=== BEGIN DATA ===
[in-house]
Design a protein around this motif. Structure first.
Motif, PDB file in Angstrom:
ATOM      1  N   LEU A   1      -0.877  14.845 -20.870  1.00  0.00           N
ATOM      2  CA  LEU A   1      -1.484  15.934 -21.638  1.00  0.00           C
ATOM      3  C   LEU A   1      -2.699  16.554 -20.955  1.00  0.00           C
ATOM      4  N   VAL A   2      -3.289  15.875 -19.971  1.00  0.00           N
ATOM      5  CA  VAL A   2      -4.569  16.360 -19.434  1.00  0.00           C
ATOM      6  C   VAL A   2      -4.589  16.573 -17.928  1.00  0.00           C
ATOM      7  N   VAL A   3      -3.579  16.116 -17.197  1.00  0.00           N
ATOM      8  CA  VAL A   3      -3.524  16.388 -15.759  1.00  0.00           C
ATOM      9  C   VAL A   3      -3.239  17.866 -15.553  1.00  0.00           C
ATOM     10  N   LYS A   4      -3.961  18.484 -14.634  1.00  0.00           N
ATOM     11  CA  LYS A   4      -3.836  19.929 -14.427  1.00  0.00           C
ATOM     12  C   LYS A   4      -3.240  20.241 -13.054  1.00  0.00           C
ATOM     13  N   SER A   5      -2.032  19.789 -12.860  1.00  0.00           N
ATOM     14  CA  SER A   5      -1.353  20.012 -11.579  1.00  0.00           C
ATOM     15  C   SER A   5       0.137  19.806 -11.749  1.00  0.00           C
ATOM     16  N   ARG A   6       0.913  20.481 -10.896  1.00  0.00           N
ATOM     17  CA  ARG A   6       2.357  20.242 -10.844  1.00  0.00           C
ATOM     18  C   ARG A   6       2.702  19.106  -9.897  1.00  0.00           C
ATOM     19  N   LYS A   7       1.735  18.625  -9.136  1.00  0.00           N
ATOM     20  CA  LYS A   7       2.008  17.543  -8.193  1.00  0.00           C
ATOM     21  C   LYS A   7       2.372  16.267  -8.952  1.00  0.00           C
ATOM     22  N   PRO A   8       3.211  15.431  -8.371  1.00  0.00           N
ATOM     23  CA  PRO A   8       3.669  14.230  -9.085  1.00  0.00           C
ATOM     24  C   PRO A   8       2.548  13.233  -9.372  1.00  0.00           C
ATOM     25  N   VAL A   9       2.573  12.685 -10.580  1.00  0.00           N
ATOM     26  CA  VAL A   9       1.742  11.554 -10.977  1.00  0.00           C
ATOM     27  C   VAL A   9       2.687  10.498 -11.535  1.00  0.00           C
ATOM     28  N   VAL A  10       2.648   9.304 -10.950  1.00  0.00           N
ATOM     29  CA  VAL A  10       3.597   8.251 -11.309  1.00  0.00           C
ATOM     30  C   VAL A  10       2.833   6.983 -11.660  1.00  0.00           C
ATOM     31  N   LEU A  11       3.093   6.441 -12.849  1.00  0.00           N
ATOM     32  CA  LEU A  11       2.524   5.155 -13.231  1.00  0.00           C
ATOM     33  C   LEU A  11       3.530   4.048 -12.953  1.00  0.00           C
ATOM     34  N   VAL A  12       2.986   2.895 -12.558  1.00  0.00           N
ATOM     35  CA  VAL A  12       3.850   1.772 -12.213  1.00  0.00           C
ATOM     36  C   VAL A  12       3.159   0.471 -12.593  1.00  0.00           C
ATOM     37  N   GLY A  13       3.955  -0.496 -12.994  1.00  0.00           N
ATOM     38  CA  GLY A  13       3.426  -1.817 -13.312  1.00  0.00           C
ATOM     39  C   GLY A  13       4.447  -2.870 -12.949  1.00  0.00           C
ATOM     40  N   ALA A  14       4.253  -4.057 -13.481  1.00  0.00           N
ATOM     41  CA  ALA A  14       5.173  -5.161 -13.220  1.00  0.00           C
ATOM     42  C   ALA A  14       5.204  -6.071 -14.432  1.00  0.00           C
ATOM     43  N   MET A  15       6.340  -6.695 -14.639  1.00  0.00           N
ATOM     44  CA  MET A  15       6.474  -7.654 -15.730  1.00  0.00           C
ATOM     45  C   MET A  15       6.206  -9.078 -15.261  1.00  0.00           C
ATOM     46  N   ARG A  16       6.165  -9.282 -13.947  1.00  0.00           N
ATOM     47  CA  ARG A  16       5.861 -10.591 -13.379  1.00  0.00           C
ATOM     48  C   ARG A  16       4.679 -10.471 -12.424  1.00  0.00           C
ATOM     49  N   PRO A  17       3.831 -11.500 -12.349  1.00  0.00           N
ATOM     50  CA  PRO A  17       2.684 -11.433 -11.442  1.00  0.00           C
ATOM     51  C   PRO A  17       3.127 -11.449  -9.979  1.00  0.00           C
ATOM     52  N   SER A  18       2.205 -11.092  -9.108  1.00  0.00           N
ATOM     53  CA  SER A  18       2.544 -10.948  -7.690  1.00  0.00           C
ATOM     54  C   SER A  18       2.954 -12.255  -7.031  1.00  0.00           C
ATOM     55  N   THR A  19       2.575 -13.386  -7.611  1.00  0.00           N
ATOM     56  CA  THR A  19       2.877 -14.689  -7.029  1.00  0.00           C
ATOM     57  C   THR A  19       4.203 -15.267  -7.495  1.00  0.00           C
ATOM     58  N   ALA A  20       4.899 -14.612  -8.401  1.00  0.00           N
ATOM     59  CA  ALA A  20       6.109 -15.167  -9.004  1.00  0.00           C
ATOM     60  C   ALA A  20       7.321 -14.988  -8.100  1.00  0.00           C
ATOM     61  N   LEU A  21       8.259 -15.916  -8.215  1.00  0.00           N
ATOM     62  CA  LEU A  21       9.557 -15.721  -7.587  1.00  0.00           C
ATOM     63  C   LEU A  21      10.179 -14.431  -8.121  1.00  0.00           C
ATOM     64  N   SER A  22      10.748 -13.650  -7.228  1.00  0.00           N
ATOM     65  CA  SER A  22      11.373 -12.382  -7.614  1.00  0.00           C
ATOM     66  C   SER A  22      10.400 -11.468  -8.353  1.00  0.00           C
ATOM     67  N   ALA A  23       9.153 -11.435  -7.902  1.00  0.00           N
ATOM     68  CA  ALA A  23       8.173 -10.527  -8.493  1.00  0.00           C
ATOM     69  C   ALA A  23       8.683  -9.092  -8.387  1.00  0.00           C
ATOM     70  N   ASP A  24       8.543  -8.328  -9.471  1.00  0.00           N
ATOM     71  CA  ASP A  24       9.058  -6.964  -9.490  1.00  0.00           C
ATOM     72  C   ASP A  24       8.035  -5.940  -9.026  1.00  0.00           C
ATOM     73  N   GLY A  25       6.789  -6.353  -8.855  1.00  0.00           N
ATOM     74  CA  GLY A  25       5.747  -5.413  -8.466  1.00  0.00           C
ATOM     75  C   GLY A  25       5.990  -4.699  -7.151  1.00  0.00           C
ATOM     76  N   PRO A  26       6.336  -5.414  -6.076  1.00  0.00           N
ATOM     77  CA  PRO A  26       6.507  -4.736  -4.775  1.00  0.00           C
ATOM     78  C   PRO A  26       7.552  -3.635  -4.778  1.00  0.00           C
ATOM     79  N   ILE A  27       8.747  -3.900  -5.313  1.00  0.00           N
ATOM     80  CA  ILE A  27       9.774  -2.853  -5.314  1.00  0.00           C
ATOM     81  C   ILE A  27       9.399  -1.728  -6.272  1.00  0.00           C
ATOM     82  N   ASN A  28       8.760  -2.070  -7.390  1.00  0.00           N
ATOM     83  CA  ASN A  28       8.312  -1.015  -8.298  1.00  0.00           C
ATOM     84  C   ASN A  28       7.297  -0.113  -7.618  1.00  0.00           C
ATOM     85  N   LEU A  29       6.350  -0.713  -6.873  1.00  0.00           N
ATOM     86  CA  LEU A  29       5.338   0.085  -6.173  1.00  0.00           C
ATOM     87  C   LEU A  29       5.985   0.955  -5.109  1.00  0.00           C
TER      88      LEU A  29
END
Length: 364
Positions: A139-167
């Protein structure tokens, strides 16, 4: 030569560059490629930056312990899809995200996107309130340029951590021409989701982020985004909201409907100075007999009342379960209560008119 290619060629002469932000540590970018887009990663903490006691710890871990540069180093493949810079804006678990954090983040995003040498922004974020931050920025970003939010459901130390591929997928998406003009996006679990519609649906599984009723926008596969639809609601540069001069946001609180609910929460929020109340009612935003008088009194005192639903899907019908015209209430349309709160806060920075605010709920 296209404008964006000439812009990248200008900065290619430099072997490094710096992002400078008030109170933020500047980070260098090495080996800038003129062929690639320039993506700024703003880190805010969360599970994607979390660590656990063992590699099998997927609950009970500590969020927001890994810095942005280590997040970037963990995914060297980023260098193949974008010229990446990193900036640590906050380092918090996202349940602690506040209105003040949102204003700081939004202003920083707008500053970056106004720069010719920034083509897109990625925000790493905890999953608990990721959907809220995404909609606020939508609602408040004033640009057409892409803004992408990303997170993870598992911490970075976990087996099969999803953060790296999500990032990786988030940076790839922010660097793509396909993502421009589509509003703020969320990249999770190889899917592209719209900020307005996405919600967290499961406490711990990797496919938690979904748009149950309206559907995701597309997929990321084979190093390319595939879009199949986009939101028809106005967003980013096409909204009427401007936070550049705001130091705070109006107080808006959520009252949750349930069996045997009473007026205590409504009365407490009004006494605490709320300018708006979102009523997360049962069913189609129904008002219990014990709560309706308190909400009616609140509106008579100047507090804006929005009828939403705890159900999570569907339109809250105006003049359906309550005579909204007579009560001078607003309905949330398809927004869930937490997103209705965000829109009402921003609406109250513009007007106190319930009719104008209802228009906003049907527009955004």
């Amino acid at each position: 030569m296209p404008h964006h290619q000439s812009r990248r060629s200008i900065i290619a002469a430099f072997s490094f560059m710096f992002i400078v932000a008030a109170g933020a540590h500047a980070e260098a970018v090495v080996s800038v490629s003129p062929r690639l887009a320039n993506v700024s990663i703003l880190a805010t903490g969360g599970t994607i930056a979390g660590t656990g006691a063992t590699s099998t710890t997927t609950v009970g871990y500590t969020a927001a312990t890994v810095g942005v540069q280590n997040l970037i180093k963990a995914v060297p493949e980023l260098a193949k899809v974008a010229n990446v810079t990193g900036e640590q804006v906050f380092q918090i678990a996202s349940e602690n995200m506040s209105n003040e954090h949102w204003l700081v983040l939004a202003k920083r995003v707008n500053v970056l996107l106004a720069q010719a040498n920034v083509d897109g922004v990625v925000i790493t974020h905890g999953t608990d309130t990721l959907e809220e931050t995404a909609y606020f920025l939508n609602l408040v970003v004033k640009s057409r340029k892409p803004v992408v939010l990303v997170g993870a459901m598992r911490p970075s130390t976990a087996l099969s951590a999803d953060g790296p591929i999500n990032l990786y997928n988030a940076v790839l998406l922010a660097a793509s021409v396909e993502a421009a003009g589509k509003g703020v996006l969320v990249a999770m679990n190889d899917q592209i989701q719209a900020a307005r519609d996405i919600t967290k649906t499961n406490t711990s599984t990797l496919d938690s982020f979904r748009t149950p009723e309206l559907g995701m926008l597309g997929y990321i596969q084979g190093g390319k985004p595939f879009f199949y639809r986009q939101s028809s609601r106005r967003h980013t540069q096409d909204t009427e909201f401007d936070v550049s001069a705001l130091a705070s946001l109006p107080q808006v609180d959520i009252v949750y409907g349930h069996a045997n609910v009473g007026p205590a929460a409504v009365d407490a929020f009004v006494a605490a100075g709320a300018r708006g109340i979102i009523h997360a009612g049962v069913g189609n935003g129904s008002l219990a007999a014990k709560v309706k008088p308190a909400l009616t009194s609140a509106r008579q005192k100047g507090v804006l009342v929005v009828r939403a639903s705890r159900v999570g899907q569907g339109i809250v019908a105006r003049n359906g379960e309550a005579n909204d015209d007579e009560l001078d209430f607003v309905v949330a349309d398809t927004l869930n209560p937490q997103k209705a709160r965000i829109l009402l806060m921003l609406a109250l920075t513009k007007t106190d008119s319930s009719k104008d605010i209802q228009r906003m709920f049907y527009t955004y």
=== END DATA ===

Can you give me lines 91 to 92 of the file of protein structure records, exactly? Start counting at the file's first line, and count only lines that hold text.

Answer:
TER      88      LEU A  29
END